For years, I have been railing against the so-called jobs/housing imbalance, believing that the underlying construction of the logic that forms this seemingly simple premise is fundamentally flawed. While there are several flaws in the jobs/housing imbalance premise, this discussion will be limited to boundaries.
The question here is how the boundary of the area to be “balanced” is determined. On the micro level, is your block well-balanced? Most likely not. On the macro level, does your neighborhood meet anything close to balance? If you live near an urban core, perhaps it may. Using the city limits boundaries have been the generally accepted norm for evaluation of jobs and housing, however city limits have now proven to be problematic, as some communities developed as mostly residential, some commercial and some agricultural.
Now we get into the regional view, where adjacent communities are pooled in the hope of achieving balance. For example, Mountain View has the boardrooms and its neighbor Los Altos has the bed rooms. A simple Gerrymander solves the problem right? If things were only that simple. The next progression is a super regional/Bay Area-wide boundary. Since each community fiercely protects its sovereignty from outside interference, there is natural resistance to mandates, forced changes and restrictions. To get around city resistance, regional governance bodies have been established by the state and given powers to mandate changes to city planning. Positions on these regional boards, by design, are never directly on the ballot. Members of these boards and commissions generally live in the urban core areas of the Bay Area, hence that is the world that they see.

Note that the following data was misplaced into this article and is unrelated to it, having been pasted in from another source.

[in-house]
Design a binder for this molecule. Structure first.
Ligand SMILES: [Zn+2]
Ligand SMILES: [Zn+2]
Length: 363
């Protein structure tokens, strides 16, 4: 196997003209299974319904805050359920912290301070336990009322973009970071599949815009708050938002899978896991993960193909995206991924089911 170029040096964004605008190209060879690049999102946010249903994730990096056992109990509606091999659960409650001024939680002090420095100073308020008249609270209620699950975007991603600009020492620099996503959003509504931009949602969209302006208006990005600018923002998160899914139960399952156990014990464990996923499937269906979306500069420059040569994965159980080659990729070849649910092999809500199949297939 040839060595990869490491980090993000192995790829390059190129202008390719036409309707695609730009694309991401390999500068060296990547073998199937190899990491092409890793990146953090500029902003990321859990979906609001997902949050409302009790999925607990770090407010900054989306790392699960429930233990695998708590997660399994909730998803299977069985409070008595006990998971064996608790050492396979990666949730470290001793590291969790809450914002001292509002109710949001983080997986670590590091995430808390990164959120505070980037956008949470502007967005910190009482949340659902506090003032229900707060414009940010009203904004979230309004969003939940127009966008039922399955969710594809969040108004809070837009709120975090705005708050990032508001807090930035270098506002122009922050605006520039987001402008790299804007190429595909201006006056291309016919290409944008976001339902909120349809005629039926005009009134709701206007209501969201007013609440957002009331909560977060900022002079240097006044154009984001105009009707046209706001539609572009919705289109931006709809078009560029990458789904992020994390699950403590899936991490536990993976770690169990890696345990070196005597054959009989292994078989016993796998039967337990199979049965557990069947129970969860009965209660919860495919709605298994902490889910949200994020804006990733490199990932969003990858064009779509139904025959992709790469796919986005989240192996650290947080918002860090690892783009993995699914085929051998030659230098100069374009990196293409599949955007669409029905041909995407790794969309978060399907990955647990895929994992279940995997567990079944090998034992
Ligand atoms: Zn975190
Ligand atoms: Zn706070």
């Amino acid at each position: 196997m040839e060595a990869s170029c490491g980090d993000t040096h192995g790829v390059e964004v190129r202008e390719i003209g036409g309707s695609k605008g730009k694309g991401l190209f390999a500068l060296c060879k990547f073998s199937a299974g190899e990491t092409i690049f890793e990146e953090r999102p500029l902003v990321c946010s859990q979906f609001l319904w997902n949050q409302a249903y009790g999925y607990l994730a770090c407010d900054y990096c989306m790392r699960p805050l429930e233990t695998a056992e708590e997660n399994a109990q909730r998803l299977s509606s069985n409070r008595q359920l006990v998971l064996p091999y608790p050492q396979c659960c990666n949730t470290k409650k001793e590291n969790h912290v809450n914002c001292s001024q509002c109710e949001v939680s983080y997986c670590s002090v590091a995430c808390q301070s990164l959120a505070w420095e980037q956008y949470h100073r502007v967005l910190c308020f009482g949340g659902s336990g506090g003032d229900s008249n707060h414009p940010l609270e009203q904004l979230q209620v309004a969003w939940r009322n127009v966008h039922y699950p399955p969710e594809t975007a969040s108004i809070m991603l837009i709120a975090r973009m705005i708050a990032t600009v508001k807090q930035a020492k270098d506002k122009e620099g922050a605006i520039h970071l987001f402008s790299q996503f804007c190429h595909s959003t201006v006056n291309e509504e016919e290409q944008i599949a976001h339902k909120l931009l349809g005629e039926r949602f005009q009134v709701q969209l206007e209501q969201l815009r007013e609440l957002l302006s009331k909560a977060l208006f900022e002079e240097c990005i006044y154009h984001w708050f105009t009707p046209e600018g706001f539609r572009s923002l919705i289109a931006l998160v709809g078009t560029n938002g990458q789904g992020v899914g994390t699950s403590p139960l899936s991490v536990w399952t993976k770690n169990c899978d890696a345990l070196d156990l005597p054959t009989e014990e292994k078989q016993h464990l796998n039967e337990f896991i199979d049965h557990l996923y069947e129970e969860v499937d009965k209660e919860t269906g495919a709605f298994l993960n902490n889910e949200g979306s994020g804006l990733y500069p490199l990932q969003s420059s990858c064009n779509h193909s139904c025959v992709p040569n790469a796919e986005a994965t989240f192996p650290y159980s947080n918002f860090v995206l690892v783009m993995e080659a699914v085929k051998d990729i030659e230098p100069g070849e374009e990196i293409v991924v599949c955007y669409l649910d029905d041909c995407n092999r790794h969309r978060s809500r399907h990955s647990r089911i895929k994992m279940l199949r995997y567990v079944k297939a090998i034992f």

From their urban core perspective, the regional boards, be they transportation, air quality, housing, etc., look to the areas of concern and make blanket pronouncements that affect the entire region, a one-size-fits-all approach.
The cities in northern Santa Clara County, where all the economic activity is located, have been mandated to build more housing in the effort to achieve a jobs/housing balance there; however those same mandates also apply to Gilroy, where we have ample housing but a dearth of economic activity to balance that growth. To mandate that Gilroy build even more housing, only serves to make our imbalance even more lopsided and will greatly increase transit traffic which means more pollution. This would go against efforts by the regional air quality folks and the regional traffic congestion folks to reduce these issues. Gilroy does have a jobs/housing imbalance, though it’s the opposite from the communities up north.
If we can get past the big government politics and the one-size-fits-all regional control thinking, it would appear that if balance is truly the goal, the blanket mandate for Gilroy to build more homes is a blind overreach and counterproductive effort.
Government is forcing cities to build homes for “balance” but it cannot force people to work in those cities. Creating an economic opportunities magnet and stimulus where the homes are being mandated would go a long way to achieve the sought-after result.
Gilroy is not a North County city, we do not suffer from an embarrassment of riches here, and our issues are vastly different from our northern neighbors. A regional mandate for jobs/housing balance should also include an economic stimulus for balance, as well as one for housing. With regionwide mandates, one solution does not fit all.
“When the only tool you have is a hammer, every problem begins to resemble a nail.” — Abraham Maslow
Robert Weaver is a resident of Gilroy.